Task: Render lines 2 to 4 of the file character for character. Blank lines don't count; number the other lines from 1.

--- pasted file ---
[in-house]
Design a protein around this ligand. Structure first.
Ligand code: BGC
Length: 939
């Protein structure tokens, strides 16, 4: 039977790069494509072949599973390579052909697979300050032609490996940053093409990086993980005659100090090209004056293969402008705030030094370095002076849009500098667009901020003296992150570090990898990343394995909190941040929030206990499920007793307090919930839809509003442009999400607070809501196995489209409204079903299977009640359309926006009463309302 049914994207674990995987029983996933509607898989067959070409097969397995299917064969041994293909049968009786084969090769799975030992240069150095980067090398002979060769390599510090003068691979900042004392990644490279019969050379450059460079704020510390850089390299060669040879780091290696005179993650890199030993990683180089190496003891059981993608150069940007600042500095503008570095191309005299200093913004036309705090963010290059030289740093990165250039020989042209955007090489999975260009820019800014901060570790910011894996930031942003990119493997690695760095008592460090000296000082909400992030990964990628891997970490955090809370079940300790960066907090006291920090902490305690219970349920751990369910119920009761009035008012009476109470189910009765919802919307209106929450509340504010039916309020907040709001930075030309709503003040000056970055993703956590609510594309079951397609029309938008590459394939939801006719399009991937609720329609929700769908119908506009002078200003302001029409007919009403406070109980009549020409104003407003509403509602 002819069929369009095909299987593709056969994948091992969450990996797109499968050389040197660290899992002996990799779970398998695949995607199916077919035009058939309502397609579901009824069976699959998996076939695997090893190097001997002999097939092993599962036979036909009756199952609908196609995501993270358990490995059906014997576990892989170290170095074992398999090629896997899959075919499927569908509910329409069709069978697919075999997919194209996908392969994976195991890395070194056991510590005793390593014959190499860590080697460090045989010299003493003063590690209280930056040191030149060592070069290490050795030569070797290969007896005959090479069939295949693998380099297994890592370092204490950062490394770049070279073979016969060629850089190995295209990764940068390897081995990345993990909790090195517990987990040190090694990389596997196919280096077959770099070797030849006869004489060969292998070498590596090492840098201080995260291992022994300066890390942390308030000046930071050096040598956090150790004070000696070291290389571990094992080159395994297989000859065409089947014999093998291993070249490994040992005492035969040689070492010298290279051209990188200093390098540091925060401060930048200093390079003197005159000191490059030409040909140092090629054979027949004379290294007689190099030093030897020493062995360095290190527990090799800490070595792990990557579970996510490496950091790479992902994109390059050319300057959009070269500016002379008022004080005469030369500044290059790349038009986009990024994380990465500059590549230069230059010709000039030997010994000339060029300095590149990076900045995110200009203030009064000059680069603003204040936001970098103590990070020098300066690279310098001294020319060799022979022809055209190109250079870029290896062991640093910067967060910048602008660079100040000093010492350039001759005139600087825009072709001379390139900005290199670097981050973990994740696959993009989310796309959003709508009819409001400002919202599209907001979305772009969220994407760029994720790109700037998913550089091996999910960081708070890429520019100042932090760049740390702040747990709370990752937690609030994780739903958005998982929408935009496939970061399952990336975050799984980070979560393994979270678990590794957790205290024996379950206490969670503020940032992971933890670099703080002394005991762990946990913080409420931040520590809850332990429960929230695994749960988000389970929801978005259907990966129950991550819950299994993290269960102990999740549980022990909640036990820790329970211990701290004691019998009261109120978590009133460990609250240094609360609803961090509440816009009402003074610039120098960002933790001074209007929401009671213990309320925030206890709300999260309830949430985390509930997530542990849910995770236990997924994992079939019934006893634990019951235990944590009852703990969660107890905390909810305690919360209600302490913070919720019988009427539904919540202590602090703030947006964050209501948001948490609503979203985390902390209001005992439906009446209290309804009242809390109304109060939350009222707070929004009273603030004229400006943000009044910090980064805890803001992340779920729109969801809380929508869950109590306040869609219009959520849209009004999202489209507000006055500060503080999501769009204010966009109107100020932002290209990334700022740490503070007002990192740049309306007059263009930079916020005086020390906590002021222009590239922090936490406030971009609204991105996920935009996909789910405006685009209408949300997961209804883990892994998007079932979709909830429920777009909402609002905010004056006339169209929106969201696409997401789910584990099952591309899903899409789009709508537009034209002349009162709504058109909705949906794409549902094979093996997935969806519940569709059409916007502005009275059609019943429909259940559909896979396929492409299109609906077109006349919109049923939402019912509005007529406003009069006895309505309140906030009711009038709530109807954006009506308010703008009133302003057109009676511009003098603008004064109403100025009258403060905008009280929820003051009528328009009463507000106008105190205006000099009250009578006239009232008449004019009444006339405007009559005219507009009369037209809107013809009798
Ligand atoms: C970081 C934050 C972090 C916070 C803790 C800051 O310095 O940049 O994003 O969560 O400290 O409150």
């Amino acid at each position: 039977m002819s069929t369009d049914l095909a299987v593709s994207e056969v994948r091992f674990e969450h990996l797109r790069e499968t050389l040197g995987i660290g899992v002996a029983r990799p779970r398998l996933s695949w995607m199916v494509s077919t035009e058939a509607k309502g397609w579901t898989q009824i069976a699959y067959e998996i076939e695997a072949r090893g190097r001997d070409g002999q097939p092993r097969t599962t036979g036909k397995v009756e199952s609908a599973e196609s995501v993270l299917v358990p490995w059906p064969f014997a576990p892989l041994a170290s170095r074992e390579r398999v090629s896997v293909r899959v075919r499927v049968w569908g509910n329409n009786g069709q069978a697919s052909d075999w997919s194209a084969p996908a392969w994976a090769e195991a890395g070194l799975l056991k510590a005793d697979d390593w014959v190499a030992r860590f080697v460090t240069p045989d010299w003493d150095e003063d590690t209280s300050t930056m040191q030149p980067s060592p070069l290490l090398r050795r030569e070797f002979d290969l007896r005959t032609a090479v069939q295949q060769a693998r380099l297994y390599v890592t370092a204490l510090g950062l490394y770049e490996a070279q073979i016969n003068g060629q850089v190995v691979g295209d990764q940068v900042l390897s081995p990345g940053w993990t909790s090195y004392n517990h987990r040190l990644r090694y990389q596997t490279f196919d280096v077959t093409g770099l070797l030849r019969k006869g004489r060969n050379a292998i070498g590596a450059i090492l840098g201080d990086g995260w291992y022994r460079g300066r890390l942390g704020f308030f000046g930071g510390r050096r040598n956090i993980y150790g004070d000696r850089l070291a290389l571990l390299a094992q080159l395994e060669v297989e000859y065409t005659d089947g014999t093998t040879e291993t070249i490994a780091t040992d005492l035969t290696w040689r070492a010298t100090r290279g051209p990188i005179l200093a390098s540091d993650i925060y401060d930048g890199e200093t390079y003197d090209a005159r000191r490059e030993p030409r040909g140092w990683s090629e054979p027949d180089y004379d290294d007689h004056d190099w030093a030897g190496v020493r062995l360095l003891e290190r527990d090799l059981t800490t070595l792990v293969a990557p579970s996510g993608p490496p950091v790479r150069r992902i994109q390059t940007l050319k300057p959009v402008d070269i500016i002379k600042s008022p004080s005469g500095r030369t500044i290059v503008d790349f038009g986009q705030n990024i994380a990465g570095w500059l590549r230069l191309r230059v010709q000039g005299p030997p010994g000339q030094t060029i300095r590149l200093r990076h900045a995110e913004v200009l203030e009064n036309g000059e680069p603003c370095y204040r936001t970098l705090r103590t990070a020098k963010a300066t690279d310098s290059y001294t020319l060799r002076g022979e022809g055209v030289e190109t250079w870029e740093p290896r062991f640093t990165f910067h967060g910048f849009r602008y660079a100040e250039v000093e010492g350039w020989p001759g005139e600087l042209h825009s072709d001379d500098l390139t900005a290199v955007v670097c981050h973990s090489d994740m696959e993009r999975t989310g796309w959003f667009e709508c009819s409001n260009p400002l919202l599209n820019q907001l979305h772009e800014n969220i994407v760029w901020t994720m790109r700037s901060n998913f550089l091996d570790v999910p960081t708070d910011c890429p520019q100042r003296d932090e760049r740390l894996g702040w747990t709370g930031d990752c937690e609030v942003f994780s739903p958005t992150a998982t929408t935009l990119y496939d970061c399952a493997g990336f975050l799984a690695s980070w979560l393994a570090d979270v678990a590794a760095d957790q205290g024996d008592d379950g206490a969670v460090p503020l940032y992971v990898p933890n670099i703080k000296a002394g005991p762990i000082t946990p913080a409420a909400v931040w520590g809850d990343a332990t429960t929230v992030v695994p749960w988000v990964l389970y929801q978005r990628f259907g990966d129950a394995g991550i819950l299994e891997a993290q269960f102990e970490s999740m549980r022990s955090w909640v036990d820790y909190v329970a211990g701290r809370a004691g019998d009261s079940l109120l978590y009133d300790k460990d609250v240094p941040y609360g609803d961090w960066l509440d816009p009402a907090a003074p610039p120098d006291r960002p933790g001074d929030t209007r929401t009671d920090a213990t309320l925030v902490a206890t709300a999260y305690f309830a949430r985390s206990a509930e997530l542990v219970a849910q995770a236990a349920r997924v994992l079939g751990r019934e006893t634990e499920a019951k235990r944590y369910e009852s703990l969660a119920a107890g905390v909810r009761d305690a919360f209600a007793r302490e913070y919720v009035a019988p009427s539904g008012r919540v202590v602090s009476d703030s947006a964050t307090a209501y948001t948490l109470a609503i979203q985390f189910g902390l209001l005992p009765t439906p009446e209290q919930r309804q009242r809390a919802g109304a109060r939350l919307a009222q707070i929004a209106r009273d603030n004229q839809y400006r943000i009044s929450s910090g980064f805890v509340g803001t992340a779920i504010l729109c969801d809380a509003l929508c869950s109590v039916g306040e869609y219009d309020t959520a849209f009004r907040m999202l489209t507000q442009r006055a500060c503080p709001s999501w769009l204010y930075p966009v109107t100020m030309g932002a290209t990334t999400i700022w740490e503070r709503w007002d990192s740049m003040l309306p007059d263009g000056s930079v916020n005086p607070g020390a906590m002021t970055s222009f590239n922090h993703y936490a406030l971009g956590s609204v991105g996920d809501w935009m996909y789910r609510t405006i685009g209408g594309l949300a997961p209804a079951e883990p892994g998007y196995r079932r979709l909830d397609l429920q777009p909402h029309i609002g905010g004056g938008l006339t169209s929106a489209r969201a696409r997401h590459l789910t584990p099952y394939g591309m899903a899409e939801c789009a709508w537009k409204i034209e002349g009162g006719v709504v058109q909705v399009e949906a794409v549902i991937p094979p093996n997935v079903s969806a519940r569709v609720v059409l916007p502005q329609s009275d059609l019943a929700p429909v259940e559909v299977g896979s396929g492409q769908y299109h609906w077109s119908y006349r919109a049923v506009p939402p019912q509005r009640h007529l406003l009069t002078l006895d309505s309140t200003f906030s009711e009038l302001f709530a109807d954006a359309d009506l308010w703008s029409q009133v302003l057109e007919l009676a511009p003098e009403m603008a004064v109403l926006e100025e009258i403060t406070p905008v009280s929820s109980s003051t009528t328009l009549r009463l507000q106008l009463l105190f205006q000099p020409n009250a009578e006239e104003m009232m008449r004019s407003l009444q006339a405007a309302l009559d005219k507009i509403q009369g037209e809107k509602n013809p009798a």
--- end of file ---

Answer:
Design a protein around this ligand. Structure first.
Ligand code: BGC
Length: 939